Is Chicago Bulls Young Guard Jimmy Butler the Next Big Thing?
Coming into the 2012-2013 NBA season, not many people had Chicago Bulls guard Jimmy Butler on their radar. Even after Butler played in all 82 games for the Bulls, you could argue that he still wasn’t getting a lot of attention from the masses coming into the 2013 NBA Playoffs. He made sure that it didn’t stay that way.
In 12 postseason games, Butler emerged as a force at times for the Bulls. He averaged 13.3 points, 5.2 rebounds, 2.7 assists and 1.3 steals in 40.8 minutes per game and shot 43.5 percent from the floor and 40.5 percent from three. Though he struggled in several games, he also looked like a budding star in others, which is about what you would expect from a young player playing big minutes in the playoffs for the first time.
In the regular season Butler didn’t see near 40 minutes per game, but he was a solid contributor for the Bulls. He averaged 8.6 points, four boards, 1.4 assists and one steal in 26 minutes per game. He also put up relatively efficient shooting numbers, converting on 46.7 percent of his attempts and 38.1 percent of his three-point attempts.
With the performance that Butler put in just his second NBA season last year, it has a ton of people wondering what’s next for Butler. With Derrick Rose returning to the floor, there are likely to be less offensive possessions coming Butler’s way. However, Rose will also help create opportunities on the wing for Butler with his driving ability. There is also Butler’s defensive prowess that has to be factored in as well. So, what can we expect from Butler this season?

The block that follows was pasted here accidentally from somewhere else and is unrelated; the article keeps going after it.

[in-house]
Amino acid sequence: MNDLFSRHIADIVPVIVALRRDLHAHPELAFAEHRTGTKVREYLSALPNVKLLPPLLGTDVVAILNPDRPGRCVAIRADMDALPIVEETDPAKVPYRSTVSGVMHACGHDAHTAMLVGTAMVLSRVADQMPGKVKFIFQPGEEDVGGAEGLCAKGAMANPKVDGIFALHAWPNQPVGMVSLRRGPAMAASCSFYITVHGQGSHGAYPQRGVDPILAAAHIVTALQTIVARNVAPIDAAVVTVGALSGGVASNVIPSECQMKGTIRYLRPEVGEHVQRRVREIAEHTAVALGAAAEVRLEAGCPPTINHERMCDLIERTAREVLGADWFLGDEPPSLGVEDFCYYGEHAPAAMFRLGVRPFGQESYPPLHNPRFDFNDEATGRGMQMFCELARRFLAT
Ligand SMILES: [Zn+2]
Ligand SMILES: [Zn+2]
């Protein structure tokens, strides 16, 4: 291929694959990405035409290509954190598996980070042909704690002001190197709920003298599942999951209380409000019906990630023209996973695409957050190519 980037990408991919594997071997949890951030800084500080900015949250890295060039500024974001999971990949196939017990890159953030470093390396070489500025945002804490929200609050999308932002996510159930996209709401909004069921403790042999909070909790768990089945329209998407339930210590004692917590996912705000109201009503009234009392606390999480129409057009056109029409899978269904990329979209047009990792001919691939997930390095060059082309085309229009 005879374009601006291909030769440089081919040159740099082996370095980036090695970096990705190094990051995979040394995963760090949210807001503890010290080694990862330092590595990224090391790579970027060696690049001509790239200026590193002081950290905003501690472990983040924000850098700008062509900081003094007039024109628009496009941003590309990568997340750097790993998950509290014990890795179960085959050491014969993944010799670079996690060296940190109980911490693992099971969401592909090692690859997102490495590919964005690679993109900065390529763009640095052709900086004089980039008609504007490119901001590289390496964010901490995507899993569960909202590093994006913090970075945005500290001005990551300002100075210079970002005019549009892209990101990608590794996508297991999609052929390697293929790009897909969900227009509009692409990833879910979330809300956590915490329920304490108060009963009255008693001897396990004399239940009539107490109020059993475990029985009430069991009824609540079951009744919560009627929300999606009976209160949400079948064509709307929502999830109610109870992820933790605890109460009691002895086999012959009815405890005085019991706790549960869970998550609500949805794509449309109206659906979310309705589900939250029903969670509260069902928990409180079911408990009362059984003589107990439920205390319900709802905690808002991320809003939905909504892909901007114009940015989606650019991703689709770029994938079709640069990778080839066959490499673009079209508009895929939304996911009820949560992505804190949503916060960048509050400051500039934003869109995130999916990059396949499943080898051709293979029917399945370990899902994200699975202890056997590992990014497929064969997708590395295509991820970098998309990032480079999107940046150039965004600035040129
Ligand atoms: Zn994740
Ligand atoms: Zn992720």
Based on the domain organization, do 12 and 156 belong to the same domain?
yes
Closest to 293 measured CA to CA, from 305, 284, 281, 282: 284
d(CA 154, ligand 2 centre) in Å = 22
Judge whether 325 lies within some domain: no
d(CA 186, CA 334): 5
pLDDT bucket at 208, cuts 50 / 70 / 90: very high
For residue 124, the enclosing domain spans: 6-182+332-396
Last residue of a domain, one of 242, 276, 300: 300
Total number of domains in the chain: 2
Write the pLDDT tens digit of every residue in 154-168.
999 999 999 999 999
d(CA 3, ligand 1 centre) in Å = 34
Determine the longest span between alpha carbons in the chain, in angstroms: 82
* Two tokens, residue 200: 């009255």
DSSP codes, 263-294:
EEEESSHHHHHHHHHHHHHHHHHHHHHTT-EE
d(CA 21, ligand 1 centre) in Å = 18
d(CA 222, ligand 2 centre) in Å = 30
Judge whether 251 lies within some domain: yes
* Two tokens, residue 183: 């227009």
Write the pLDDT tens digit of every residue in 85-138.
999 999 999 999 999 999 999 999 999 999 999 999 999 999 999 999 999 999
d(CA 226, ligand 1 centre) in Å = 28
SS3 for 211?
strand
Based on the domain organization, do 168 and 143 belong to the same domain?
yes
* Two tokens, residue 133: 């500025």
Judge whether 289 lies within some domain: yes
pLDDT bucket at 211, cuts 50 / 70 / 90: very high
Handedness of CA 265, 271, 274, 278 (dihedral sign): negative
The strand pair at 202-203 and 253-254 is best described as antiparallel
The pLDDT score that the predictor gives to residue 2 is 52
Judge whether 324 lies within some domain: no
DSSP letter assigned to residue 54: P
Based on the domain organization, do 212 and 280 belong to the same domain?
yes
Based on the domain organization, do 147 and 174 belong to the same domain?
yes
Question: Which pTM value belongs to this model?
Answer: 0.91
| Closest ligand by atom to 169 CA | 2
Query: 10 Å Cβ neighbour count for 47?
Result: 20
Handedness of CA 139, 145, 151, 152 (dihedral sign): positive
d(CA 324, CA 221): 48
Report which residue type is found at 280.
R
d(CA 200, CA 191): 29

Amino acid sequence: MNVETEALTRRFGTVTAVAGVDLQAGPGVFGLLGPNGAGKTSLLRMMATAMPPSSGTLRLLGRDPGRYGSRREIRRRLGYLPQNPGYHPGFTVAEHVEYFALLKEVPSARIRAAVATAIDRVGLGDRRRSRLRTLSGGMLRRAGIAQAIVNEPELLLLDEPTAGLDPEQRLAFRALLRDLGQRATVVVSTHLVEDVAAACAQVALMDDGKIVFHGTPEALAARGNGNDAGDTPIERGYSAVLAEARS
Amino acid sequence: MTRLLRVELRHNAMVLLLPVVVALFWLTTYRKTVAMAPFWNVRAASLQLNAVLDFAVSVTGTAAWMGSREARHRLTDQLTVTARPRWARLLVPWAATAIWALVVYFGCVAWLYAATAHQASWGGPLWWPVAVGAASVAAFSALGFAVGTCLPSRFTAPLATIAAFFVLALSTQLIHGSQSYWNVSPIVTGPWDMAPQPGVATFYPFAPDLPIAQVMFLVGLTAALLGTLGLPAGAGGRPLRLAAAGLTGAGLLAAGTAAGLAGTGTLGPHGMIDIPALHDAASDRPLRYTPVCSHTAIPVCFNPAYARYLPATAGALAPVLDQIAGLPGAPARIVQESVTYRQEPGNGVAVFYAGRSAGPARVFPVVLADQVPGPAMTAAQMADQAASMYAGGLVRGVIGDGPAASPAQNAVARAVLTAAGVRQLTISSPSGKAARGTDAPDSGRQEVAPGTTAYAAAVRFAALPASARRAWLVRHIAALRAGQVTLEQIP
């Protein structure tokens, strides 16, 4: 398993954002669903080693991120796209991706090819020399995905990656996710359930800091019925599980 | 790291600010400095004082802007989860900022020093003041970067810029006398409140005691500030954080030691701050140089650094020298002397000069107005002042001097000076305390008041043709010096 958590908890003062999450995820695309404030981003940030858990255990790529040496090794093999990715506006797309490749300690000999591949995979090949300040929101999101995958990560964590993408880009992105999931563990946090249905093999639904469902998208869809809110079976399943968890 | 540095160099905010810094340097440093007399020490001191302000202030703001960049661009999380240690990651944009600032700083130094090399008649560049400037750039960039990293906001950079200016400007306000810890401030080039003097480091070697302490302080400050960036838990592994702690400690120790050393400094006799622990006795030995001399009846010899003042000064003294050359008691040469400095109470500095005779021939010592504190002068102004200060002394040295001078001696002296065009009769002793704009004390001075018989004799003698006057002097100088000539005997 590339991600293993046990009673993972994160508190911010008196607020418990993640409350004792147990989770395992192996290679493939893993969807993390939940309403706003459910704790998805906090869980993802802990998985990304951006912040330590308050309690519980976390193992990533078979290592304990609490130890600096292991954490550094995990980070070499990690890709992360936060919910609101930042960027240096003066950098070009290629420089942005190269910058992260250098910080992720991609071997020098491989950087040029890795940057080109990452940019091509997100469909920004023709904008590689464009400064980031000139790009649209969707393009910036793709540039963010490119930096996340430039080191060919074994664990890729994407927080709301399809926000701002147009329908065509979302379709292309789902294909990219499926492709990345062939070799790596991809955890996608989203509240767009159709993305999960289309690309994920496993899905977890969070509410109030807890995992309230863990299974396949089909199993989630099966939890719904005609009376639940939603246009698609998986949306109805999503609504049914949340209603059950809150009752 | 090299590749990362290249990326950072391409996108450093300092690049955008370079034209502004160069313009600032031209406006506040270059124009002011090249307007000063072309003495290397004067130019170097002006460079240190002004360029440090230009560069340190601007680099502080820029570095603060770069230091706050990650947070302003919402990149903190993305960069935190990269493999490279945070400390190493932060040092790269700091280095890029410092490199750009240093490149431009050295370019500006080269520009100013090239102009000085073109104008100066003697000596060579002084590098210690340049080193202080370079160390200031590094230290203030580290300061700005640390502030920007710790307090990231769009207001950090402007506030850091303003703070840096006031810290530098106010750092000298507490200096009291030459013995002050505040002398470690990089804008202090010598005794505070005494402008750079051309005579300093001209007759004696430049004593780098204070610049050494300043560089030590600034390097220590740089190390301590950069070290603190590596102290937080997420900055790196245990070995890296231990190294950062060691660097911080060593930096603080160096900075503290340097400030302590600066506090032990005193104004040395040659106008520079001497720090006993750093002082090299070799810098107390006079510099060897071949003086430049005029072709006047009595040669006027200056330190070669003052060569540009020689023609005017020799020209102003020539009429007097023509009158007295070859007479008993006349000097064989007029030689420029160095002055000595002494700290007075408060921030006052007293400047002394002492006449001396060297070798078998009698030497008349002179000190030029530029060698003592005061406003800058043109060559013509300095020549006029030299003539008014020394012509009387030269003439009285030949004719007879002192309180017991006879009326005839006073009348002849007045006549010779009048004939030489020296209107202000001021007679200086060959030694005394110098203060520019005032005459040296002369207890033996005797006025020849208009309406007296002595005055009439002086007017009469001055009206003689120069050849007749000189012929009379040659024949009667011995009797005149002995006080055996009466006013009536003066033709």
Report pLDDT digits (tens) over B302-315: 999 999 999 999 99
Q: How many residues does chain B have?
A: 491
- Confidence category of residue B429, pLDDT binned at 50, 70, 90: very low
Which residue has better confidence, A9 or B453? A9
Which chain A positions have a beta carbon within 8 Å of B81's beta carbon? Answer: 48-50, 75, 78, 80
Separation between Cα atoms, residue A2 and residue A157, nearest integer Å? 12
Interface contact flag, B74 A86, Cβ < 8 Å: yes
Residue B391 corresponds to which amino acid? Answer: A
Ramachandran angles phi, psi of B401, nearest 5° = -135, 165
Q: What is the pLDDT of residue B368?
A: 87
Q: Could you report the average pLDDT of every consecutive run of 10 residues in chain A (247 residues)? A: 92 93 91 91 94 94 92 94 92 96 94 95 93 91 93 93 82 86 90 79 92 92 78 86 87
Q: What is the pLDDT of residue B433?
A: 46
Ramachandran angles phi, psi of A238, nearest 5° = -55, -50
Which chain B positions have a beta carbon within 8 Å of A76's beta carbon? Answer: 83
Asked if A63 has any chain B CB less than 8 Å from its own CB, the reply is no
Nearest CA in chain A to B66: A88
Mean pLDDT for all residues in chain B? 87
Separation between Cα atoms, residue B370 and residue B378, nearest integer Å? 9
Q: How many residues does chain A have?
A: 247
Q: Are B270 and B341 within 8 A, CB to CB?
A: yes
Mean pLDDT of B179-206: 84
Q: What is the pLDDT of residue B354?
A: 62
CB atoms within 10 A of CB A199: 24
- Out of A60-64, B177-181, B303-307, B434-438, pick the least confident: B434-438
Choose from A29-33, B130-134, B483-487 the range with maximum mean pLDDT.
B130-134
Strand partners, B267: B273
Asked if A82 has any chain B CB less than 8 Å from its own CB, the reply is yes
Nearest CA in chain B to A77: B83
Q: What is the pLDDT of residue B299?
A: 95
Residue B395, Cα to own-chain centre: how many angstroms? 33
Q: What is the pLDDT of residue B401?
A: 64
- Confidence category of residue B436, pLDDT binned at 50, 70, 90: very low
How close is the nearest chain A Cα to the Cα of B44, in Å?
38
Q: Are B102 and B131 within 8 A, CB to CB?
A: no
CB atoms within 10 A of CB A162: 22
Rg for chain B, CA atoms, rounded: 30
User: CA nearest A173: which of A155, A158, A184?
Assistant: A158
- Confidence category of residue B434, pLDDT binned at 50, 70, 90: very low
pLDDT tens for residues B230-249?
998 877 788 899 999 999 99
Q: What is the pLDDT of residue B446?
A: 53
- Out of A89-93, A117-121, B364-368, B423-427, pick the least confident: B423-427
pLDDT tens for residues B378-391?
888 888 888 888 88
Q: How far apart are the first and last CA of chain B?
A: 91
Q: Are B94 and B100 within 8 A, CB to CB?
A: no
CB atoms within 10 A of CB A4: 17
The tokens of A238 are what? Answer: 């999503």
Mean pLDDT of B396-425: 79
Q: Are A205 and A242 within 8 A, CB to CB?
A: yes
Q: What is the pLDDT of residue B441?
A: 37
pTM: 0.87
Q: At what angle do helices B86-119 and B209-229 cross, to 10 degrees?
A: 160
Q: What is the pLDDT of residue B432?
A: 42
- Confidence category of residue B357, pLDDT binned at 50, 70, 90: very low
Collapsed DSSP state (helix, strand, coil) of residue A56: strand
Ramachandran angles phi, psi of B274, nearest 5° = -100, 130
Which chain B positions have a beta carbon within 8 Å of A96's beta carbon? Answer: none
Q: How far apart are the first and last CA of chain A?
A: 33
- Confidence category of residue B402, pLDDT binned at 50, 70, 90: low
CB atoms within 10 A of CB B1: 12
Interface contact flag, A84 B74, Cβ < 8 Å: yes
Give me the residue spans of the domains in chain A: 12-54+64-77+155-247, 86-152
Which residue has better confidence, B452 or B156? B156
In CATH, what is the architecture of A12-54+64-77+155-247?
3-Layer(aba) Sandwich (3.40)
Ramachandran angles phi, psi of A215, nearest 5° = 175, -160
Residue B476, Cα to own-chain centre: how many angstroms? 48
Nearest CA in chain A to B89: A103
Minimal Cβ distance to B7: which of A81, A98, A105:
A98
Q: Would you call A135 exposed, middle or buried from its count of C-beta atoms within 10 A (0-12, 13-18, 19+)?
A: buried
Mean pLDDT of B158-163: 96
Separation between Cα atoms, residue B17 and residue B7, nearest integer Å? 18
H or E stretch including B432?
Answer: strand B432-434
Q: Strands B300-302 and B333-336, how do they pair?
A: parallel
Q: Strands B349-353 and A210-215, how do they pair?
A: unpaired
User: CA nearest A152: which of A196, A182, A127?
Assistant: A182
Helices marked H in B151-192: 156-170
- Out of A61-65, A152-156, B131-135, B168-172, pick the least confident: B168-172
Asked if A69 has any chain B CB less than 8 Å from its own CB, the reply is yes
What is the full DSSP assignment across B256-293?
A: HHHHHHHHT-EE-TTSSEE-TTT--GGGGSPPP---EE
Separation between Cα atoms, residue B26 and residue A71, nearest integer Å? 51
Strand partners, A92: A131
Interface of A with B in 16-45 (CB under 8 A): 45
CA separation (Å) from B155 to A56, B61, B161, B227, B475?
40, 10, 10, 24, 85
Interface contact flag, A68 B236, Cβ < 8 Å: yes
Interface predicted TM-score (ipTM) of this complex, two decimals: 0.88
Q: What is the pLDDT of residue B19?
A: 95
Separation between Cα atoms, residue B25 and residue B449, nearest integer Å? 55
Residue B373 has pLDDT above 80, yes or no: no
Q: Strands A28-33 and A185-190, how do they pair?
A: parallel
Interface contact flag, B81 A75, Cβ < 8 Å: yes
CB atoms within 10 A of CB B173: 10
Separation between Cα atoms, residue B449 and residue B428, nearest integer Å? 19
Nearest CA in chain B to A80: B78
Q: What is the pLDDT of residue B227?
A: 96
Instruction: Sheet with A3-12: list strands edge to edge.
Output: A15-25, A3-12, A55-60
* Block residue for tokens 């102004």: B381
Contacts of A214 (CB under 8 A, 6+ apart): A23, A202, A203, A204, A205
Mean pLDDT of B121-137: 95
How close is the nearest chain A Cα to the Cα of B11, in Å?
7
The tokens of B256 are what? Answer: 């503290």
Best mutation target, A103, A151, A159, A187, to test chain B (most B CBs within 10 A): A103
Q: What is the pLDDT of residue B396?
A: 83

Defensively, here’s what we know about Butler: he’s possibly one of the best young wing defenders in the league. Last season, including the playoffs, Butler was the 29th best defender in the league in terms of points per possession, allowing just 0.76 points per. Moreover, he held opponents to just 36.8 percent shooting and forced a turnover of 12.6 percent of plays run at him.
There’s no denying Butler’s impact on the defensive end, but it’s his surprising soundness on the offensive end that really should have people salivating. Butler averaged 1.02 points per possession last season, the 39th best rate in the league. That was largely due to his ability to shoot the long-ball, but it’s still impressive from such a young player.
However, there are still some shortcomings from Butler. Though he averaged just one turnover per 36 minutes last season, he still showed some issues as a passer. There were a lot of times, especially against swarming defenses and when defenses collapse in the post, when Butler would force passes or wait too long to make passes and still throw them. This off-season Butler needs to work on his decision-making in the passing game, as well as his passing as a whole.
Another aspect of Butler’s game that needs to improve is his shot-selection. Though he showed a great ability attacking the rim and a solid efficiency from long-range, the results were quite different in his mid-range game. Butler took 164 shots from 8-24 feet last season and converted on just 54 of them, good for only 32.9 percent efficiency. Considering that 32 percent of his shot attempts last season came from that range, he should really look to attack the rim or knock down outside jumpers unless he works on his mid-range game.
The last thing that will be interesting to see with Butler is how he plays with Rose on the floor. As mentioned, Rose’s dribble-penetration will create open opportunities from deep for Butler. Last season on spot-up plays for Butler, he did shoot 38.4 percent from three, but shot just 40 percent from the floor. He also averaged 1.04 points per possession, just 111th in the league. He’s going to need to become a more efficient, as well as proficient, spot-up threat with Rose on the floor.
There’s no doubt that the 23-year-old Butler has the makings of a big-time player and could be the complimentary star to Rose on this Bulls team. However, there are still some holes in his game that he has to improve on. If he continues to get better, then Butler and Chicago will really have something cooking.
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